AmphibiaWeb - Hyloxalus sylvaticus


(Translations may not be accurate.)

Hyloxalus sylvaticus (Barbour & Noble, 1920)
family: Dendrobatidae
subfamily: Hyloxalinae
genus: Hyloxalus
Hyloxalus sylvaticus
© 2004 Natural History Museum and Biodiversity Research Center, The University of Kansas (1 of 1)
Conservation Status (definitions)
IUCN Red List Status Account Endangered (EN)
National Status None
Regional Status None


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Males of this relatively large species of Hyloxalus attain a snout-vent length of 25.7 mm and females, 30.0 mm. The discs on the fingers and toes are barely wider than the penultimate phalanges. Finger I is equal in length to Finger II, and Finger III is not swollen in males. Lateral fringes are present on the fingers and toes. An inner tarsal fold usually is present; the toes are unwebbed. The dorsum is olive brown to coppery brown with dark brown to black flecks; the digital scutes are pale gray, contrasting to the adjacent dark grayish brown surfaces. The upper lips and dorsolateral stripes are creamy tan to pale bronze; oblique lateral and ventrolateral stripes are absent. The throat, posterior part of belly, and ventral surfaces of the hind limbs dark yellow to orange; the chest and anterior part of the belly are gray with black flecks. The iris is dull bronze with black flecks. A median lingual process is absent, and the testes are white (Barbour and Noble 1920).

A tadpole in Stage 33 has a body length of 13.0 mm and a total length of 29.4 mm. The body is ovoid and wider than high. The snout is depressed, acutely rounded in dorsal view, and rounded in profile. The small eyes are situated dorsally, directed dorsolaterally, and not visible from below. The spiracle is sinistral with a short tube that is attached to body wall; the spiracular opening is directed posteriorly well below the midline at about two-fifths of the length of the body. The cloacal tube is short, dextral, and attached to the ventral fin. The caudal musculature is moderately robust, about equal in height throughout the proximal half of the tail, and then diminishes gradually to a pointed terminus short of tip of the tail. The dorsal fin originates on the proximal base of the caudal musculature, is highest at about two-thirds of the length of the tail, and diminishes to a bluntly rounded tip; the ventral fin originates on the body wall and is highest at midlength of tail. The oral disc is directed anteroventrally. The median half of the upper labium is bare; elsewhere the labia bear a single row of moderately large subconical marginal papillae, but some individuals have two rows laterally. The jaw sheaths are moderately robust and finely serrate; the anterior sheath forms a broad arch, and the posterior sheath is widely V-shaped. The labial tooth row formula is 2/3(1); the anterior rows are slightly longer than the posterior rows, and P3 is the shortest. The body and tail are olive-tan with green lichenous markings dorsally on the caudal musculature. The belly is greenish white; edge of the oral disc is yellow, and the iris is pale bronze.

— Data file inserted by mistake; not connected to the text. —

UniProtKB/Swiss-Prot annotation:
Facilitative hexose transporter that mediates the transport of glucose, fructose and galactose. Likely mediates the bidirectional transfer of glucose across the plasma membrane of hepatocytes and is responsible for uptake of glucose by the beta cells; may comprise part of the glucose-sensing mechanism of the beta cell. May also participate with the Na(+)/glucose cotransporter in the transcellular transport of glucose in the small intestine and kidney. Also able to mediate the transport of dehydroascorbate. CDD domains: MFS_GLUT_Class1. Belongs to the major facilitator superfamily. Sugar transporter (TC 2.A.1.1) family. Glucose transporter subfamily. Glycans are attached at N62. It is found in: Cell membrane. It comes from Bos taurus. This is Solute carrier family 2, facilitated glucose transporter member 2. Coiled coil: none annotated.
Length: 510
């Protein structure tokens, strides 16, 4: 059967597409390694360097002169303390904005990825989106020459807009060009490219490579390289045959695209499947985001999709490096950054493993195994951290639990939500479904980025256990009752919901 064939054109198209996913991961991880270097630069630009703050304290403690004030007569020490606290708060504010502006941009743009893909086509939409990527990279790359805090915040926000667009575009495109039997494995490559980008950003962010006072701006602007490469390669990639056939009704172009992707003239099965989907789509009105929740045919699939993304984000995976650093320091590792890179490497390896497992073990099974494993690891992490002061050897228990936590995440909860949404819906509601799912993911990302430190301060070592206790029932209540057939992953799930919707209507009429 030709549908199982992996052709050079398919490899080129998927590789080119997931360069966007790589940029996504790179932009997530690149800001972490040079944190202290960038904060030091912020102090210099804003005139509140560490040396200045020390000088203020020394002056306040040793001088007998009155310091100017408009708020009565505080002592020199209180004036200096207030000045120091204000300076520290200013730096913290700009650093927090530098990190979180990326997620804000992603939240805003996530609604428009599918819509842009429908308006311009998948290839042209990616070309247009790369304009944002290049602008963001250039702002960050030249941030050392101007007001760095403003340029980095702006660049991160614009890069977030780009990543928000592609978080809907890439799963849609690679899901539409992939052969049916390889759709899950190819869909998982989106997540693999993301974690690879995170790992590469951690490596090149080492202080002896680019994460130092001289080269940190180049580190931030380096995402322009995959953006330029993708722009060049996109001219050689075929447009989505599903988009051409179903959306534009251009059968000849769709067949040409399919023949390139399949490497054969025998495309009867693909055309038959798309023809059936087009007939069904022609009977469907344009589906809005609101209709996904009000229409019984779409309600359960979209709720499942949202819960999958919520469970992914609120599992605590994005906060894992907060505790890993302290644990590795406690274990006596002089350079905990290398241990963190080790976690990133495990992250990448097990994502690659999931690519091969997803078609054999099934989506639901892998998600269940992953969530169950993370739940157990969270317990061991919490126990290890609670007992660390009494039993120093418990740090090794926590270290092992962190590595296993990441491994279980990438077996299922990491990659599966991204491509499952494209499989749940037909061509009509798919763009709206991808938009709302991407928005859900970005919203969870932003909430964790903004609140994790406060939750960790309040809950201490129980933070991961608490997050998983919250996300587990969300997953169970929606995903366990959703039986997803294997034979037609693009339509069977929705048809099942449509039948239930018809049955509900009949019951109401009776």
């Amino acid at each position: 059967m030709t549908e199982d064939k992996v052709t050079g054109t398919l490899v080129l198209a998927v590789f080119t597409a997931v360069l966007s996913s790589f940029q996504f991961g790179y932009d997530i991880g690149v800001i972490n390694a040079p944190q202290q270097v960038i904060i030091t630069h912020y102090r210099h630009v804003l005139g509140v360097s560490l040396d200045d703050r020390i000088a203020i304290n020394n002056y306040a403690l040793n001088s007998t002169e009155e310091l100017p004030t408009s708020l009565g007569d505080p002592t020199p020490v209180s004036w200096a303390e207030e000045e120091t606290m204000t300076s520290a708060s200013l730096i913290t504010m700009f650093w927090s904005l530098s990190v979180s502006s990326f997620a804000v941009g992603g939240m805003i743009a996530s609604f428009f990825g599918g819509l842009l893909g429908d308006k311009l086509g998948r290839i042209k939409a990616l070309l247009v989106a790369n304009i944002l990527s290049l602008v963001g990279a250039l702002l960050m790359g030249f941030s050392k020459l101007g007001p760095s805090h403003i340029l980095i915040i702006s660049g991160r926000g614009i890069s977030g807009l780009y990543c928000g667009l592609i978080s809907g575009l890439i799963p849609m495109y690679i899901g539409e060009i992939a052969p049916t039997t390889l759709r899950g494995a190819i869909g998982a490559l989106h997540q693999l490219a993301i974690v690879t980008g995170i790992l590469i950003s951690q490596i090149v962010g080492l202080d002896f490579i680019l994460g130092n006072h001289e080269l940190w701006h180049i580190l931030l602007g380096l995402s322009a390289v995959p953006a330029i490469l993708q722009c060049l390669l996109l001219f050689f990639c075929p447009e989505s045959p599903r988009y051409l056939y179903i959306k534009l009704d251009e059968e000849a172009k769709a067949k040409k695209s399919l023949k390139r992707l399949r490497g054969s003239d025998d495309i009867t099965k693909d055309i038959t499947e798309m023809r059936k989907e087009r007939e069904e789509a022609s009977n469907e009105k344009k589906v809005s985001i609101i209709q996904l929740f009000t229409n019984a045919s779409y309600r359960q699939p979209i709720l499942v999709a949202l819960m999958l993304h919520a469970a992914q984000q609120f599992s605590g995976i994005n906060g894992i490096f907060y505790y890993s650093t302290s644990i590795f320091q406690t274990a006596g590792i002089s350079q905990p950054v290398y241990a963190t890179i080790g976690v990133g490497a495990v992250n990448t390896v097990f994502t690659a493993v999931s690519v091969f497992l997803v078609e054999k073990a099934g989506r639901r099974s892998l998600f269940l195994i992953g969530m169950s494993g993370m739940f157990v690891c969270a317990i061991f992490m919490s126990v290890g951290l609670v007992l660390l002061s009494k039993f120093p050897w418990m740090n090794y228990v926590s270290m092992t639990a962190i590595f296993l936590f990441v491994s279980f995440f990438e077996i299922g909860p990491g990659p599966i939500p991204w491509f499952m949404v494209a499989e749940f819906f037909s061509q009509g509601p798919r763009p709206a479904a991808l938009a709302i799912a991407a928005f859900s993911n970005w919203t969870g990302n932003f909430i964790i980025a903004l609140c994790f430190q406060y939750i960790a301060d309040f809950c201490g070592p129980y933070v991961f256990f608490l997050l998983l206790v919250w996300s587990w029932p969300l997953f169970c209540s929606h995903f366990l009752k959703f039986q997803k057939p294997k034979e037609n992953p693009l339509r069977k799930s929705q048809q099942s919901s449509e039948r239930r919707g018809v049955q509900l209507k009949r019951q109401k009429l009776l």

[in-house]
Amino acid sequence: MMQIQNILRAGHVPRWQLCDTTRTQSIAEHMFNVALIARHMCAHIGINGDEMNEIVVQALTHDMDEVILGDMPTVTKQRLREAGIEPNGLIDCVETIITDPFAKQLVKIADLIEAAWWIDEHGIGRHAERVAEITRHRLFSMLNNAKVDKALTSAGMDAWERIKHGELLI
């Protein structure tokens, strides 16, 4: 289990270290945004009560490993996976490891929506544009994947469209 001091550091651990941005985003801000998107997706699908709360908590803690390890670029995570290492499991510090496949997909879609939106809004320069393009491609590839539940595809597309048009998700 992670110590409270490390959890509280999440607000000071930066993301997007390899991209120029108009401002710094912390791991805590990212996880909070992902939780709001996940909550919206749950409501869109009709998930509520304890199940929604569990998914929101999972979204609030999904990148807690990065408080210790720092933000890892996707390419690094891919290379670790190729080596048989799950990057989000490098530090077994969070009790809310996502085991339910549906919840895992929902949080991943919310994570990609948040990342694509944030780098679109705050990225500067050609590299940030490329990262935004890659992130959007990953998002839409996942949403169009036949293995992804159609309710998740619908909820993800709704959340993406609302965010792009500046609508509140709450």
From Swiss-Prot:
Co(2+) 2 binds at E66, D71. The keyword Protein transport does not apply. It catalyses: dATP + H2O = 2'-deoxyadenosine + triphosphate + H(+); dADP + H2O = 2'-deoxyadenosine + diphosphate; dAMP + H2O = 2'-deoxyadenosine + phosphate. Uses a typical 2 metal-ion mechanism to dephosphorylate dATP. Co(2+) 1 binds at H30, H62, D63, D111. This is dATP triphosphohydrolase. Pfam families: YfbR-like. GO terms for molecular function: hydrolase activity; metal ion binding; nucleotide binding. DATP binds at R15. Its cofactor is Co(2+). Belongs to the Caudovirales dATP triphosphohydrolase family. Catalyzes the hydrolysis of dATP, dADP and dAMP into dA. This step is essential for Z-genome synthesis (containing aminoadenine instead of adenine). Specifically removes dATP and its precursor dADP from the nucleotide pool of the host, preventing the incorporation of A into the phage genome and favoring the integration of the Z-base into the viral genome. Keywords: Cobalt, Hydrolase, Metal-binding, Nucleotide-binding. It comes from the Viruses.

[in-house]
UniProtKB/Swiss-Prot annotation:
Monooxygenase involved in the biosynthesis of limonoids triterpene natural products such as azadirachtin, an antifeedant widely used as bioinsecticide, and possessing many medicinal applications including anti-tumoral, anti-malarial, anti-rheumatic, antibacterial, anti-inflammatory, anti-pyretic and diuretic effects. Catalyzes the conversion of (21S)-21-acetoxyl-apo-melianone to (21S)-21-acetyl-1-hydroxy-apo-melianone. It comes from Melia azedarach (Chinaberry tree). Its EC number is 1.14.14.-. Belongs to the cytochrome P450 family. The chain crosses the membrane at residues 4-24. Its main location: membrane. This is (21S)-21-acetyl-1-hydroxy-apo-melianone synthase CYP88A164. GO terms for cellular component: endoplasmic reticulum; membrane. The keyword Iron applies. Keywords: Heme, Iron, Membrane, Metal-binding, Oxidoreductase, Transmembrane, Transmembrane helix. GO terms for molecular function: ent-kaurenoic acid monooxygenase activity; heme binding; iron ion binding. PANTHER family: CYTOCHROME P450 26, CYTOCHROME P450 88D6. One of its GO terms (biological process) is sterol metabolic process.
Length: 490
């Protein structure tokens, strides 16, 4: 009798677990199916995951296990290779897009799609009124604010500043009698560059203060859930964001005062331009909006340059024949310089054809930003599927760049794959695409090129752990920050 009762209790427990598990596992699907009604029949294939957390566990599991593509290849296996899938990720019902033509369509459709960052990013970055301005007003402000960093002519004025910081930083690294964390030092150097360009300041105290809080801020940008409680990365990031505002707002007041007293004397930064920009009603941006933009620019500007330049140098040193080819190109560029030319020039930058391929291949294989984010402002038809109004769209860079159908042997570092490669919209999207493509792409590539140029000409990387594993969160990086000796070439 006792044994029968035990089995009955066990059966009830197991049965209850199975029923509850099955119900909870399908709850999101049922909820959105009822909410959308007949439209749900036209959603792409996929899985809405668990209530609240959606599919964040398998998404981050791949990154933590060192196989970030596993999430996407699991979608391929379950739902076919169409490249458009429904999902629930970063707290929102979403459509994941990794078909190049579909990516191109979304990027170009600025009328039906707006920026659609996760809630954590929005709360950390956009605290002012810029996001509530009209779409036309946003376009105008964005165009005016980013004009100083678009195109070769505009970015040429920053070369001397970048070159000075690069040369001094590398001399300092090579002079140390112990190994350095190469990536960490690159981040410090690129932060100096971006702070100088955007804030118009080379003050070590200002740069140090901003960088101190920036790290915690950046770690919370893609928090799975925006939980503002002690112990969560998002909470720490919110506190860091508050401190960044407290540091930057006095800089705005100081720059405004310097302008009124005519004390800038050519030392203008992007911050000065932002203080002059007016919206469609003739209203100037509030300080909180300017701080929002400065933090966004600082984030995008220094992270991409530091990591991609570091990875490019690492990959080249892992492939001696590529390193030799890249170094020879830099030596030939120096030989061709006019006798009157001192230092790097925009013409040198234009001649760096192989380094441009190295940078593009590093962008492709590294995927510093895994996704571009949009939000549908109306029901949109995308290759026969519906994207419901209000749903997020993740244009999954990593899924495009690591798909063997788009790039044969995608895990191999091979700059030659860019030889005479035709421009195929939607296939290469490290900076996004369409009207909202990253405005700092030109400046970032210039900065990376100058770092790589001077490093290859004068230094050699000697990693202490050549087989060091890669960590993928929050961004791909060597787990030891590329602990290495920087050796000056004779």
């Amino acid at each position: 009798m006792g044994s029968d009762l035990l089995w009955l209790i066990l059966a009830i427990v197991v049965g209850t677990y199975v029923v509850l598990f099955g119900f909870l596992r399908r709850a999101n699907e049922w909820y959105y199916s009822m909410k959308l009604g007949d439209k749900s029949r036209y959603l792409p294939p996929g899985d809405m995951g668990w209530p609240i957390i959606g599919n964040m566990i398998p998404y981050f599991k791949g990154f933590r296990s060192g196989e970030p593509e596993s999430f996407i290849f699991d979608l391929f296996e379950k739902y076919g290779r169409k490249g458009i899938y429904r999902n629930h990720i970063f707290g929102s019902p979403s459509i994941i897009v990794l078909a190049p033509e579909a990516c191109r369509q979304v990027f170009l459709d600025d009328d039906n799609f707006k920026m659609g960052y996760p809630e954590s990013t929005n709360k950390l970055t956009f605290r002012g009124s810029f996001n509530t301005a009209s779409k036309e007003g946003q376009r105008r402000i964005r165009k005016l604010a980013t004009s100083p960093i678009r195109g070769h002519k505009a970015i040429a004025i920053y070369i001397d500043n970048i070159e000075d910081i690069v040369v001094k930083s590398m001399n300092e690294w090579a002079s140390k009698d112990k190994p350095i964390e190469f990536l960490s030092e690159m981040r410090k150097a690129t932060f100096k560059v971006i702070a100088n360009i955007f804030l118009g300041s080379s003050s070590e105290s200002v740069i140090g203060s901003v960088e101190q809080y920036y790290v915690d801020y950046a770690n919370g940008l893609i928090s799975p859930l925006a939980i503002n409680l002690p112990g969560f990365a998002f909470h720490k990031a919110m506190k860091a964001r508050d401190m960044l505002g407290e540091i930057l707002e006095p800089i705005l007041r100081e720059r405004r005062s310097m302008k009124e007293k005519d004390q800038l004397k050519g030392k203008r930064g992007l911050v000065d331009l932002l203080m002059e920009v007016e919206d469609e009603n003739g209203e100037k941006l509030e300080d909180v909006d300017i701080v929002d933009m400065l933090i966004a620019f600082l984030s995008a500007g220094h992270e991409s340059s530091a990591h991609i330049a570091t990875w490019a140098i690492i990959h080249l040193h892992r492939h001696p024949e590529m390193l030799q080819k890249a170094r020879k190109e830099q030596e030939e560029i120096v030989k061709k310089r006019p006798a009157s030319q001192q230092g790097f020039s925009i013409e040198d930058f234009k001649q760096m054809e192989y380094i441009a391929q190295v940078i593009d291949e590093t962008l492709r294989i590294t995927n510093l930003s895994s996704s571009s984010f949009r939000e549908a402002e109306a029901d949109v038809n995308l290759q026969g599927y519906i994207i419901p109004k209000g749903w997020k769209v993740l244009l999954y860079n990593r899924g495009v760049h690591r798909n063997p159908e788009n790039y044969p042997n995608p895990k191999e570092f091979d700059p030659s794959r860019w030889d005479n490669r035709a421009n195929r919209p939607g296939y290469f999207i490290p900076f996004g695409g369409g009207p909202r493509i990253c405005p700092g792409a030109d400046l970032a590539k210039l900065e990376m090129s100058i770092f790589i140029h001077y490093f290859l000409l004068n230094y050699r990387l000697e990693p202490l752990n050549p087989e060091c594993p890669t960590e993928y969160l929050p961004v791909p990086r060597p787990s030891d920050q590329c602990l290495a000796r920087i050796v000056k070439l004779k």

Distribution and Habitat

Country distribution from AmphibiaWeb's database: Peru

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This species is known from elevations of 2460–3100 m in the Cordillera de Cuchallí, Cordillera de Huancabamba, and Cordillera de Tabaconas in northern. On the west slope of the Cordillera de Huancabamba, the species descends to 1920 m; its distribution there overlaps that of H. elachyhistus at elevations of 1920–2590 m. These frogs have been found under rocks in, and along, streams and active along the streams in cloud forest by day.

Life History, Abundance, Activity, and Special Behaviors
The call is a short trill. Males transport tadpoles in this species.


Barbour, T., and Noble, G. K. (1920). ''Some amphibians from northwestern Peru, with a revision of the genera Phyllobates and Telmatobius.'' Bulletin of the Museum of Comparative Zoology, Harvard University, 63, 395-427.

Duellman, W. E. (2004). ''Frogs of the genus Colostethus (Anura; Dendrobatidae) in the Andes of northern Peru.'' Scientific Papers of the Natural History Museum, University of Kansas, 35, 1-49.

Originally submitted by: William Duellman (first posted 2004-12-10)
Edited by: Kellie Whittaker (2007-12-03)

Species Account Citation: AmphibiaWeb 2007 Hyloxalus sylvaticus <> University of California, Berkeley, CA, USA. Accessed Jul 23, 2024.

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Citation: AmphibiaWeb. 2024. <> University of California, Berkeley, CA, USA. Accessed 23 Jul 2024.

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